1.      5-10 minutes of:

Lower body exercise to increase the heart rate, such as jogging with high knees, butt kicks, side skipping and backwards jogging.

Upper body exercise such as trunk twisting exercises – hold your racquet in front with one hand on the handle and the other at the tip of the head and then simply twist your trunk from side to side, being careful not to over exert yourself. Next, you can do arm circles to loosen up the shoulders. Start with doing 10 small circles forward and 10 backward. Follow this up with medium circles and finally, big circles where you try to use almost the full range of motion of the shoulder joints.

2.      Dynamic stretching i.e. stretching during movement has been shown in recent studies to be superior to static or stationary stretching, in enhancing a tennis player’s power and strength. Stretches should be specific to tennis and include lower back, calf, hamstring, quadriceps, buttocks, groin, shoulder, pectorals and triceps.

3.      Tennis- specific footwork warm up drills  such as:

Jogging on the spot -vary the width of the stance and the height, speed and direction of the steps. This prepares the leg muscles for the quick feet actions required in tennis.

Side lunge – practice jogging on the spot followed by a jump lunge to the side to prepare for returning wide shots. Alter the angle and direction of the jump lunge and then add in a couple of side steps before lunging.

Carioca step – this is a sideward moving run where you move at constant speed. To move to the right, your left foot alternately crosses in front and behind your right foot. To move to the left, reverse the steps.

Wedel – this is a diagonal hopping drill where you hop with both feet together forward to the left and then forward to the right, and repeat the pattern.

After all of these exercises, you are now ready for some light hitting. Begin gently and gradually progress to hitting the ball harder. The first few hits should be made from inside the service line. Hit some soft ground strokes, volleys and half volleys to get your reflexes up and ready. After about 5 minutes, move to the service line to continue your rally. Move back further to no-man’s land and finally to the baseline. Once you are at the baseline, try to keep your ground strokes as deep as possible. It is better to hit long than into the net during this warm up. Try different spins and trajectories but always focus on keeping proper form. After about 10 minutes of ground strokes, move back to the net to practise your volleys and overheads. Finish your warm up with some serves into both the deuce and ad courts.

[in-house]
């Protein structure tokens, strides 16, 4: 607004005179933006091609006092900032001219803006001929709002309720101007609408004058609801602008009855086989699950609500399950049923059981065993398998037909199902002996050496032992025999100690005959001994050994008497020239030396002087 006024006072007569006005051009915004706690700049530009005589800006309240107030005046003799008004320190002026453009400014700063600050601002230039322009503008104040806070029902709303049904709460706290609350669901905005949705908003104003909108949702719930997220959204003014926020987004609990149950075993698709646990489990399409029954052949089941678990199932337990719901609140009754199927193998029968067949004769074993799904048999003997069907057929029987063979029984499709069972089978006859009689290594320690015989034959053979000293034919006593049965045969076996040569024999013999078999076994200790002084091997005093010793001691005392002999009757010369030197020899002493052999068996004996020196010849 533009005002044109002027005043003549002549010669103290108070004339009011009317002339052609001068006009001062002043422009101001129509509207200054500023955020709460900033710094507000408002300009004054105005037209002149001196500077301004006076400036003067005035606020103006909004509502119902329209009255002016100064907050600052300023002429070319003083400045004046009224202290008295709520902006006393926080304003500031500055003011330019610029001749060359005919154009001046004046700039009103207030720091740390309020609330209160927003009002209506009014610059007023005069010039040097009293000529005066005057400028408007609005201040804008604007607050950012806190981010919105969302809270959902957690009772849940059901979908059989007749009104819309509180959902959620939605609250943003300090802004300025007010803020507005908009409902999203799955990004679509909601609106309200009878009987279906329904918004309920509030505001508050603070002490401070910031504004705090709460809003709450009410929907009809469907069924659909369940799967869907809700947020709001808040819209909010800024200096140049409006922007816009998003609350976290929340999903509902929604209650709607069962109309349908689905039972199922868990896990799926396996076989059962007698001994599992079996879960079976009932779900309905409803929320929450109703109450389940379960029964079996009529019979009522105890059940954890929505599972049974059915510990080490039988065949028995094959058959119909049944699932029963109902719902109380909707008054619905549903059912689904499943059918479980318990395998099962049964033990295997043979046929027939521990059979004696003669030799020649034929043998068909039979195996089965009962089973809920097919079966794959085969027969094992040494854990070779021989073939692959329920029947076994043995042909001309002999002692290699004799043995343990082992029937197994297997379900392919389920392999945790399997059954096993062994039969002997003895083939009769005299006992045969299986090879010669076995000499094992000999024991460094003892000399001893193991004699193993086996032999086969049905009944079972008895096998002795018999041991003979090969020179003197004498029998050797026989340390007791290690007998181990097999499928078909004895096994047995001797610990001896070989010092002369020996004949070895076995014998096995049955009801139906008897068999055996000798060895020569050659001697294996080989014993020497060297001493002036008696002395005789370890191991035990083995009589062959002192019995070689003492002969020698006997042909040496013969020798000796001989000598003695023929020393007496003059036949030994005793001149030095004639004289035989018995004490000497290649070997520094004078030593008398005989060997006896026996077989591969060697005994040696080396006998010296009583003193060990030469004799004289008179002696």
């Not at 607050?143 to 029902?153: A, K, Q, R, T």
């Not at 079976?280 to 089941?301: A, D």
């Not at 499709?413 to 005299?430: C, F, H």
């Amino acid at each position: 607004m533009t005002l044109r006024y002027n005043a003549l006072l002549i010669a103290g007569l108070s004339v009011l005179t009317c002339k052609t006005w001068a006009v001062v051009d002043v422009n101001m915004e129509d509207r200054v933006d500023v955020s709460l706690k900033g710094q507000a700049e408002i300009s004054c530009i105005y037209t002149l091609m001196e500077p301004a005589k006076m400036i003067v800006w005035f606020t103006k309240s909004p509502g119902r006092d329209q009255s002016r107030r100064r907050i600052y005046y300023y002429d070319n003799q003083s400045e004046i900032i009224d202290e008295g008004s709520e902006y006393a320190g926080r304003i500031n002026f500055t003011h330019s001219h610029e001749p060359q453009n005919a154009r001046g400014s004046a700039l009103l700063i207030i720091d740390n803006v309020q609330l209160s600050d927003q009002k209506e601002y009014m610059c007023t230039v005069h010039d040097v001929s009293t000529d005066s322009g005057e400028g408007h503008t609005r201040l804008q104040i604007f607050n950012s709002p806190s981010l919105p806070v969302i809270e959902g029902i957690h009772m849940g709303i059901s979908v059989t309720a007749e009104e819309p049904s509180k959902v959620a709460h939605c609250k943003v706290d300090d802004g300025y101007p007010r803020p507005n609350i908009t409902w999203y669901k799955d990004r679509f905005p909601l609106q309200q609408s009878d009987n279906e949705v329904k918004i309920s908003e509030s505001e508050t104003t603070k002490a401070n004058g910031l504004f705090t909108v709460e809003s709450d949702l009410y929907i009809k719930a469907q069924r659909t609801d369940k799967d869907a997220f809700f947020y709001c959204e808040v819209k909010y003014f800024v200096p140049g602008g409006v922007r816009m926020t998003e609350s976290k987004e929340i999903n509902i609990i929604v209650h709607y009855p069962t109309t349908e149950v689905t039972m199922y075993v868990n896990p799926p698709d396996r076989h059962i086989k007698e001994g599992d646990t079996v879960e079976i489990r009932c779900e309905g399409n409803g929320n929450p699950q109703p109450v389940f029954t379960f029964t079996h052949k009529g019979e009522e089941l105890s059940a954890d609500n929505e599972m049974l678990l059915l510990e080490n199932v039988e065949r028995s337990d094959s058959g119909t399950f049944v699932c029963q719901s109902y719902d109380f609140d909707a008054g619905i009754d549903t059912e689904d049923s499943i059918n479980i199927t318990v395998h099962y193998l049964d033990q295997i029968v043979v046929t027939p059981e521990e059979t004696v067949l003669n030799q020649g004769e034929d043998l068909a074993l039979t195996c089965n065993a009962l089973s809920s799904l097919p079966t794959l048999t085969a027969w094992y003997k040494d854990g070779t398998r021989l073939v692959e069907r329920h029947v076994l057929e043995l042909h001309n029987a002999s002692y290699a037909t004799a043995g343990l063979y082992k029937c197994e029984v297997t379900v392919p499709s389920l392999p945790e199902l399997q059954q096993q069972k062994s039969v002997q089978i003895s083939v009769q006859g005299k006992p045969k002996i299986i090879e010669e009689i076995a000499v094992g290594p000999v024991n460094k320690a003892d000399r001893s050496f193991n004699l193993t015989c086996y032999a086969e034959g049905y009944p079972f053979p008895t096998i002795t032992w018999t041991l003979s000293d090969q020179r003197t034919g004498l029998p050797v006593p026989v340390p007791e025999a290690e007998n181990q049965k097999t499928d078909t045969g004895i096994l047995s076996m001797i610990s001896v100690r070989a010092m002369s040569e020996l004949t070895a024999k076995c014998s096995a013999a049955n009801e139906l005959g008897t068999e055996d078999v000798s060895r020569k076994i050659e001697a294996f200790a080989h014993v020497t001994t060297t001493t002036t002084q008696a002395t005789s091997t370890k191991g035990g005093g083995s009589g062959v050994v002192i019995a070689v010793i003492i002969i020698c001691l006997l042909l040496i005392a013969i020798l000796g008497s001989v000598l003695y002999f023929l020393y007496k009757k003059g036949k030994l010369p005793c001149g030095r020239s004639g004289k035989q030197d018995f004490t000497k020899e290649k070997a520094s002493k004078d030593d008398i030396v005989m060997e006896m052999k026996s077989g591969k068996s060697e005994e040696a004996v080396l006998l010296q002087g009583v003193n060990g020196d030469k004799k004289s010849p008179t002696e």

Cool Down

Following a tennis match, a cool down should be performed, including a gentle jog and light static stretching of the muscle groups used during the game. These muscles include the lower back, calves, hamstrings, quads, buttocks, groin, shoulders, pecs, triceps and forearms. Each stretch should be held for at least 20-30 seconds. The theory is that a cool-down can help avoid injuries and boost athletic performance by circulating blood and oxygen to the muscles to restore them to their resting conditions. This reduces the risk of blood pooling and muscle soreness, and helps remove waste products such as lactic acid from the blood.

Please note these tips are for the general population and if you have any injuries or specific requirements we recommend you book in to see one of our experienced physiotherapists at Healthy Innovations Thornleigh (9481 8140).

Weather Considerations

Generally tennis is played outdoors so there is a number of precautions and things you need to be aware of when playing in the elements.

Hot and humid days can be quite dangerous if you are not prepared.  Wear light clothing that let’s your skin breathe and wick away the moisture.   The U.S. Tennis Association recommends wearing a cotton/polyester blend in white or similar colours to reflect the sunlight.  Drinking one glass of water every 15 minutes during tennis playing is recommended.  Drink 2 to 3 glasses of water before playing tennis in these conditions is very important as well.  This will reduce your risk of heat exhaustion, muscle cramps and general dehydration.

Remember to wear 30+ sunscreen, and a hat and sun glasses.